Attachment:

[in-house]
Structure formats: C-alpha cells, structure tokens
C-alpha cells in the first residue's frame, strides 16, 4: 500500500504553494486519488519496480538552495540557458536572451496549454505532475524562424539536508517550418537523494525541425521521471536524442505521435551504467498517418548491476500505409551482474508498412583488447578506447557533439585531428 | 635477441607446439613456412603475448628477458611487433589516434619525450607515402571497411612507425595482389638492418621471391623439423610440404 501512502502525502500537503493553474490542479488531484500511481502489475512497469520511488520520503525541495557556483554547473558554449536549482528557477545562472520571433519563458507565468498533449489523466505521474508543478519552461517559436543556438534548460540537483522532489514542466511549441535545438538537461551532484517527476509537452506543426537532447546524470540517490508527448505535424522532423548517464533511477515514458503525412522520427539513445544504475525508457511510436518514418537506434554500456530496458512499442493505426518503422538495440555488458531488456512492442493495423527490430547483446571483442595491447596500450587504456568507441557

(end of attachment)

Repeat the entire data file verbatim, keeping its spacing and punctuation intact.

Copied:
[in-house]
Structure formats: C-alpha cells, structure tokens
C-alpha cells in the first residue's frame, strides 16, 4: 500500500504553494486519488519496480538552495540557458536572451496549454505532475524562424539536508517550418537523494525541425521521471536524442505521435551504467498517418548491476500505409551482474508498412583488447578506447557533439585531428 | 635477441607446439613456412603475448628477458611487433589516434619525450607515402571497411612507425595482389638492418621471391623439423610440404 501512502502525502500537503493553474490542479488531484500511481502489475512497469520511488520520503525541495557556483554547473558554449536549482528557477545562472520571433519563458507565468498533449489523466505521474508543478519552461517559436543556438534548460540537483522532489514542466511549441535545438538537461551532484517527476509537452506543426537532447546524470540517490508527448505535424522532423548517464533511477515514458503525412522520427539513445544504475525508457511510436518514418537506434554500456530496458512499442493505426518503422538495440555488458531488456512492442493495423527490430547483446571483442595491447596500450587504456568507441557